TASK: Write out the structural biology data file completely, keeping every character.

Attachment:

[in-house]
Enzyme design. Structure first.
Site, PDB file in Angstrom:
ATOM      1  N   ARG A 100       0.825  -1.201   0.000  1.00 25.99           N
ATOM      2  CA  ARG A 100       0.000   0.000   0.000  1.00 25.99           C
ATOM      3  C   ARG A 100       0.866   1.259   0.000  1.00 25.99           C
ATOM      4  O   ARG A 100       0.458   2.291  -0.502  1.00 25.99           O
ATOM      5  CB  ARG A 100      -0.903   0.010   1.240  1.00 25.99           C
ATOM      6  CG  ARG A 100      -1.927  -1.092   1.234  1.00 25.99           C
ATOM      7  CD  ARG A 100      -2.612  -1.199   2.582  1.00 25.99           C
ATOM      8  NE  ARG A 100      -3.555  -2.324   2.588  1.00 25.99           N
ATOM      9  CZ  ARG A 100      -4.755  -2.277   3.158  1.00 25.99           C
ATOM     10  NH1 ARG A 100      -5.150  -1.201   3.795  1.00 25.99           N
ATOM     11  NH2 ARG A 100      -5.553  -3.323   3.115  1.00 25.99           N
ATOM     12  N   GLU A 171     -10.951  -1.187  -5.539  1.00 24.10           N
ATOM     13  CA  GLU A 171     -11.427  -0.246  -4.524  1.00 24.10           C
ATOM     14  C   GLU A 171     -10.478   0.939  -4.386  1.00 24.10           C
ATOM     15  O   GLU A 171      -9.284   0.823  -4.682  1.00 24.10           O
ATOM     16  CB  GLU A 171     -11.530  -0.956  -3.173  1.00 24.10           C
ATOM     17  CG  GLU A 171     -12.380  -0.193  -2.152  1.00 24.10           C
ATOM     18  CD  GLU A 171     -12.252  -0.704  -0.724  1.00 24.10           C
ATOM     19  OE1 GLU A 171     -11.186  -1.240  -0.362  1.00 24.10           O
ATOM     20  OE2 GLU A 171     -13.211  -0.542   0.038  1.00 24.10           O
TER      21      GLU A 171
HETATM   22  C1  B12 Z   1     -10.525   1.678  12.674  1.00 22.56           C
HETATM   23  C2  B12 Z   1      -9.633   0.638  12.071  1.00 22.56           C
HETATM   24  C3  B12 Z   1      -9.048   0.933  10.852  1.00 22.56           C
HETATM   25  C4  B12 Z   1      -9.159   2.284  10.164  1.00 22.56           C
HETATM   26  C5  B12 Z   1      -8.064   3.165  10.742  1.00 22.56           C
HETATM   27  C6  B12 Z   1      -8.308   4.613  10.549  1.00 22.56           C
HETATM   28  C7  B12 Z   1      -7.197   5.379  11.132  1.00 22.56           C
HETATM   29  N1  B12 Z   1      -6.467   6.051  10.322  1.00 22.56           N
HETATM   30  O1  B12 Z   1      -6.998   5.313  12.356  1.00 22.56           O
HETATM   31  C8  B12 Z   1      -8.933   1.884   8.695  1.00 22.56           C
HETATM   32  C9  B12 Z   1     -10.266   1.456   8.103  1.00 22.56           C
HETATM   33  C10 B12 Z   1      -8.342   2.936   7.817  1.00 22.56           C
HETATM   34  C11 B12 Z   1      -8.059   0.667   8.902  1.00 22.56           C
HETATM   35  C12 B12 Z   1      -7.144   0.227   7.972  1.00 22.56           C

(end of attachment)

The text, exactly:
[in-house]
Enzyme design. Structure first.
Site, PDB file in Angstrom:
ATOM      1  N   ARG A 100       0.825  -1.201   0.000  1.00 25.99           N
ATOM      2  CA  ARG A 100       0.000   0.000   0.000  1.00 25.99           C
ATOM      3  C   ARG A 100       0.866   1.259   0.000  1.00 25.99           C
ATOM      4  O   ARG A 100       0.458   2.291  -0.502  1.00 25.99           O
ATOM      5  CB  ARG A 100      -0.903   0.010   1.240  1.00 25.99           C
ATOM      6  CG  ARG A 100      -1.927  -1.092   1.234  1.00 25.99           C
ATOM      7  CD  ARG A 100      -2.612  -1.199   2.582  1.00 25.99           C
ATOM      8  NE  ARG A 100      -3.555  -2.324   2.588  1.00 25.99           N
ATOM      9  CZ  ARG A 100      -4.755  -2.277   3.158  1.00 25.99           C
ATOM     10  NH1 ARG A 100      -5.150  -1.201   3.795  1.00 25.99           N
ATOM     11  NH2 ARG A 100      -5.553  -3.323   3.115  1.00 25.99           N
ATOM     12  N   GLU A 171     -10.951  -1.187  -5.539  1.00 24.10           N
ATOM     13  CA  GLU A 171     -11.427  -0.246  -4.524  1.00 24.10           C
ATOM     14  C   GLU A 171     -10.478   0.939  -4.386  1.00 24.10           C
ATOM     15  O   GLU A 171      -9.284   0.823  -4.682  1.00 24.10           O
ATOM     16  CB  GLU A 171     -11.530  -0.956  -3.173  1.00 24.10           C
ATOM     17  CG  GLU A 171     -12.380  -0.193  -2.152  1.00 24.10           C
ATOM     18  CD  GLU A 171     -12.252  -0.704  -0.724  1.00 24.10           C
ATOM     19  OE1 GLU A 171     -11.186  -1.240  -0.362  1.00 24.10           O
ATOM     20  OE2 GLU A 171     -13.211  -0.542   0.038  1.00 24.10           O
TER      21      GLU A 171
HETATM   22  C1  B12 Z   1     -10.525   1.678  12.674  1.00 22.56           C
HETATM   23  C2  B12 Z   1      -9.633   0.638  12.071  1.00 22.56           C
HETATM   24  C3  B12 Z   1      -9.048   0.933  10.852  1.00 22.56           C
HETATM   25  C4  B12 Z   1      -9.159   2.284  10.164  1.00 22.56           C
HETATM   26  C5  B12 Z   1      -8.064   3.165  10.742  1.00 22.56           C
HETATM   27  C6  B12 Z   1      -8.308   4.613  10.549  1.00 22.56           C
HETATM   28  C7  B12 Z   1      -7.197   5.379  11.132  1.00 22.56           C
HETATM   29  N1  B12 Z   1      -6.467   6.051  10.322  1.00 22.56           N
HETATM   30  O1  B12 Z   1      -6.998   5.313  12.356  1.00 22.56           O
HETATM   31  C8  B12 Z   1      -8.933   1.884   8.695  1.00 22.56           C
HETATM   32  C9  B12 Z   1     -10.266   1.456   8.103  1.00 22.56           C
HETATM   33  C10 B12 Z   1      -8.342   2.936   7.817  1.00 22.56           C
HETATM   34  C11 B12 Z   1      -8.059   0.667   8.902  1.00 22.56           C
HETATM   35  C12 B12 Z   1      -7.144   0.227   7.972  1.00 22.56           C